BARBER (Lat. barba, the beard), a shaver of the beard, and who ordinarily includes hair-cutting in his profession. Barbers are of great antiquity, if not for the shaving of the beard, at least for shaving a portion of the head. The office of the E. is referred to by the prophet Ezekiel: "And thou, son of man, take thee a barber's razor, and cause it to pass upon thine head and upon thy bcard."—Ezek. v. 1. In all oriental countries, including China, the shaving the whole or part of the head continues to be performed by barbers. In every part of the world, the professional B. and hair-dresser is celebrated for his garrulity and general obliging qualities, such being required by those who place themselves in his hands. The amusing character of the B. in one of the tales in the Arabian Nights Entertainments, and also of the B. in Rossini's opera of Kgaro, will readily occur to recollection. As will be seen from the succeeding article, barbers at one time acted as a kind of surgeons, and accordingly occupied a higher social position than they now enjoy. Latterly, on account of the simple mode of trimminp. the hair,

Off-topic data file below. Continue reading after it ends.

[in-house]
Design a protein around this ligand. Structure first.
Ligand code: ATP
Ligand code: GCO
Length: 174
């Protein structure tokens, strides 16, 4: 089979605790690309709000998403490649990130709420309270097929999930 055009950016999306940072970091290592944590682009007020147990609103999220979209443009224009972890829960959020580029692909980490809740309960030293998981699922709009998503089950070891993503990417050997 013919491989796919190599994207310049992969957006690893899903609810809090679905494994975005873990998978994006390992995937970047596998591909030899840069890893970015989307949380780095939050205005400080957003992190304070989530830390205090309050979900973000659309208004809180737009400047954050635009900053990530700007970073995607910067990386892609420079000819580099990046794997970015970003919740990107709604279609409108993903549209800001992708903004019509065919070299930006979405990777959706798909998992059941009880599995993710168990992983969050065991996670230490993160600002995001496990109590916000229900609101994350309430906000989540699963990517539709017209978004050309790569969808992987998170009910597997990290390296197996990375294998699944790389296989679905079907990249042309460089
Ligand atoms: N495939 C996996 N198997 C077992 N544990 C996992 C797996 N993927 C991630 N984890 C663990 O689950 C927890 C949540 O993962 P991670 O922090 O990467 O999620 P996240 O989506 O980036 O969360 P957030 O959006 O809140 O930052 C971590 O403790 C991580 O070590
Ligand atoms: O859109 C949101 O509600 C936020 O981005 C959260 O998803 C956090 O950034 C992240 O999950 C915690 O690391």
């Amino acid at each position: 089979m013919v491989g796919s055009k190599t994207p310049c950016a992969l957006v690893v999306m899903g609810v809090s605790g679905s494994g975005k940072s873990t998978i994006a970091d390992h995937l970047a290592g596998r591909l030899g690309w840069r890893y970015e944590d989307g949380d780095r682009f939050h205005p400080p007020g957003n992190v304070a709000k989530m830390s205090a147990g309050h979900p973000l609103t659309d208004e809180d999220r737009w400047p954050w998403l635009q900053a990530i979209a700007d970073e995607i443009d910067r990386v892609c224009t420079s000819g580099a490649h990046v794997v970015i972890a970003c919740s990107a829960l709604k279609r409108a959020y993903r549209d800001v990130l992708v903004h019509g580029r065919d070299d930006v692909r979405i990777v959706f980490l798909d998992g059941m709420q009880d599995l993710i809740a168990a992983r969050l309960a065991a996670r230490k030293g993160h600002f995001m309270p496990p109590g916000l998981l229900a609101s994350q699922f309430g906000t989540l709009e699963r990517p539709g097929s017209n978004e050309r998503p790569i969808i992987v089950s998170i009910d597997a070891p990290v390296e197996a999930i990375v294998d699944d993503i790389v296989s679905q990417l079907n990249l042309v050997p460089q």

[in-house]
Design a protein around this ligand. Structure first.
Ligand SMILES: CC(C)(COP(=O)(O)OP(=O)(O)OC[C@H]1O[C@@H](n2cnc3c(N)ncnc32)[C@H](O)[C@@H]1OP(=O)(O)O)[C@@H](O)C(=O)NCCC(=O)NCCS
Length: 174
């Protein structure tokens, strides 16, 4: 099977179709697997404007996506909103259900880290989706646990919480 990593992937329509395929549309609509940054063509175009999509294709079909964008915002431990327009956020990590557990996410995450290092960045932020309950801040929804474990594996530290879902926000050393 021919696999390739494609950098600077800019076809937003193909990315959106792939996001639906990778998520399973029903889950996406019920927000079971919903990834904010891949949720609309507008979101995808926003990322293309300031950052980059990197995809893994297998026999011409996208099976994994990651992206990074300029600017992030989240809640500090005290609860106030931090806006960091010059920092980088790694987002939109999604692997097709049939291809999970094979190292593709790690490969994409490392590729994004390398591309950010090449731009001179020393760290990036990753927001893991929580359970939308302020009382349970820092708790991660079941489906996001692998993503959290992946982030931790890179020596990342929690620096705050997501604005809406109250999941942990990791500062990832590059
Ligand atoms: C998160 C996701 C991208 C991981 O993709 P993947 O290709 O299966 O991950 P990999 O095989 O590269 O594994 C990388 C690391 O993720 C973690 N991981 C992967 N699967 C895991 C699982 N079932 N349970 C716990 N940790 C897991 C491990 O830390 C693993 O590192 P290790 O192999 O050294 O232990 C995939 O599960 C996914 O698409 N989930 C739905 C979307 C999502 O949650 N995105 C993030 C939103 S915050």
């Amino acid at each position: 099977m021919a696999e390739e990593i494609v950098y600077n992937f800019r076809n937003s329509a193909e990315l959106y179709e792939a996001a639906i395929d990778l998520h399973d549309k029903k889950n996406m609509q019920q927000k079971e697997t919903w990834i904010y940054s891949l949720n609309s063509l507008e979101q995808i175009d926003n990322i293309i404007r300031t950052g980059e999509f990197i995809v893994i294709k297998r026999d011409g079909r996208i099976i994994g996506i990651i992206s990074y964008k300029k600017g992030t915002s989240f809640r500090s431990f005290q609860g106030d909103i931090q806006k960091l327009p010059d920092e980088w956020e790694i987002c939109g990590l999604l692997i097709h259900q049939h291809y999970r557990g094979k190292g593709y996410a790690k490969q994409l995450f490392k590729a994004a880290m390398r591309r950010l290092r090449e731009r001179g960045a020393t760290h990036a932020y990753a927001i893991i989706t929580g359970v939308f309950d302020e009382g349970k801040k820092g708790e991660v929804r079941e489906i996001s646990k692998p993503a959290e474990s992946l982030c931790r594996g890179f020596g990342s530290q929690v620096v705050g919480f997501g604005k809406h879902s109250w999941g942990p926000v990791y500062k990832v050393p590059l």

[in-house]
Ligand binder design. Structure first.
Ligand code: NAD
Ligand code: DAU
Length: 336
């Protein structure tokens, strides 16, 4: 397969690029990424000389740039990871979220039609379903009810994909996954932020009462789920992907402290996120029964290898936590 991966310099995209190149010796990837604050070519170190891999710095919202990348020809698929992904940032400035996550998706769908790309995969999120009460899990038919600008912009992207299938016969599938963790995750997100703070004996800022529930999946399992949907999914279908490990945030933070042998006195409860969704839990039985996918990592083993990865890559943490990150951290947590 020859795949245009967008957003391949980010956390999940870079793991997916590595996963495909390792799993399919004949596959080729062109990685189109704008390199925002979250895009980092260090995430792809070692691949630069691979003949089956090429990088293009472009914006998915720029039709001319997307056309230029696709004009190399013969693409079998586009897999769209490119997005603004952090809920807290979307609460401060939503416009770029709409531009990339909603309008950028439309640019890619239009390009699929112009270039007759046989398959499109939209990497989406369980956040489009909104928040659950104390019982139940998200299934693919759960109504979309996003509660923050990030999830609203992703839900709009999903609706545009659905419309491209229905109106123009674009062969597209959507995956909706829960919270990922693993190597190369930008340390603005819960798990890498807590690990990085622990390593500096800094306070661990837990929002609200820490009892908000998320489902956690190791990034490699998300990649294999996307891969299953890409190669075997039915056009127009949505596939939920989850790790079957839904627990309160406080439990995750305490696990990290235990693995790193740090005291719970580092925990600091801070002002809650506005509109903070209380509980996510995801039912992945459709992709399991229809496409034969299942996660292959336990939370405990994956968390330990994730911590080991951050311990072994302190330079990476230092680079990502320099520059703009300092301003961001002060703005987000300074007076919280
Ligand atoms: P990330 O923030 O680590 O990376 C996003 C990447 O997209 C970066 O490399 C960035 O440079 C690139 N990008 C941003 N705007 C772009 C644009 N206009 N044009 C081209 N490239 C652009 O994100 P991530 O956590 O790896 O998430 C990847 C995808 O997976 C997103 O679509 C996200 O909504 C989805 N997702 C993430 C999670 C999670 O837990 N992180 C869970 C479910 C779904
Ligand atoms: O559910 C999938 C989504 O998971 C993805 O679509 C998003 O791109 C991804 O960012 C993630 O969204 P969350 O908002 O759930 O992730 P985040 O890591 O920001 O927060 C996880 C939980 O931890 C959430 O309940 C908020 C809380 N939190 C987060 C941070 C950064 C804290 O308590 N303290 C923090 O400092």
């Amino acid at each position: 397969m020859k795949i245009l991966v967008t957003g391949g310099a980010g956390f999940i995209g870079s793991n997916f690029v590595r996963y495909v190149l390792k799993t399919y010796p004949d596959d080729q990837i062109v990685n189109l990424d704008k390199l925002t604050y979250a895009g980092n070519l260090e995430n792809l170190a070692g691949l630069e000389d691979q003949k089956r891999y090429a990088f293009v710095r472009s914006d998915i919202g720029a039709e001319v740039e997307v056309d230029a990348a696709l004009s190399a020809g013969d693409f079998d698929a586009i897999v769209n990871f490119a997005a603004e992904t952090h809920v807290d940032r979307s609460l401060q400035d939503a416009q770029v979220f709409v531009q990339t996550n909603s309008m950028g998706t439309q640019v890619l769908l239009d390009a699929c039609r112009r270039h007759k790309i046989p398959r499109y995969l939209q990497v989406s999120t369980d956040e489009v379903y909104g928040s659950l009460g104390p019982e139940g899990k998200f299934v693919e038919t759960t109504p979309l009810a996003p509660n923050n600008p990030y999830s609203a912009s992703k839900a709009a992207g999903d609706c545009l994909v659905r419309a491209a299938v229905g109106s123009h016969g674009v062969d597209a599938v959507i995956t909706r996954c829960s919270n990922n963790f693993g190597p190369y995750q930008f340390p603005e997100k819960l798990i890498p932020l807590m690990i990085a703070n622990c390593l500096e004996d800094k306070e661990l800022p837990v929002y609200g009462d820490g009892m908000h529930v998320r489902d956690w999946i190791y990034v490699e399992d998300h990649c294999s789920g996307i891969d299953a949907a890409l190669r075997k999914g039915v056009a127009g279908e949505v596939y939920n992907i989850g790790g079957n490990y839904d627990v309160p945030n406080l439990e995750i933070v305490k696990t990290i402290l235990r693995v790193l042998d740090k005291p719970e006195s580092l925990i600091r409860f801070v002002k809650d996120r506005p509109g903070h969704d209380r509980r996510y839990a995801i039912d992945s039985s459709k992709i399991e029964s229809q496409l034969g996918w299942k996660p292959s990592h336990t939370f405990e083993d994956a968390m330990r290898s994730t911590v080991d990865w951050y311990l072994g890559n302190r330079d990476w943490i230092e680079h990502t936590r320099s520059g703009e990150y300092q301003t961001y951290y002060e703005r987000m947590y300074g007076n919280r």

and of the prevalence of private shaving, the business of the B. in England has greatly declined, and his services are chiefly confined to the humbler classes. In the United States, the business of the B. is almost exclusively in the hands of the colored popula tion. Anciently, one of the utensils of the B. was a brass basin, with a semicircular gap in one side to compass a man's throat, by which means, in applying the lather to the face, the clothes were not soiled. Readers will recollect that Don Quixote crazily assumed a barber's basin as a helmet. At the end of a pole, the brass basin is still hung out as a sign at the door of the B. in Great Britain, France, and other countries.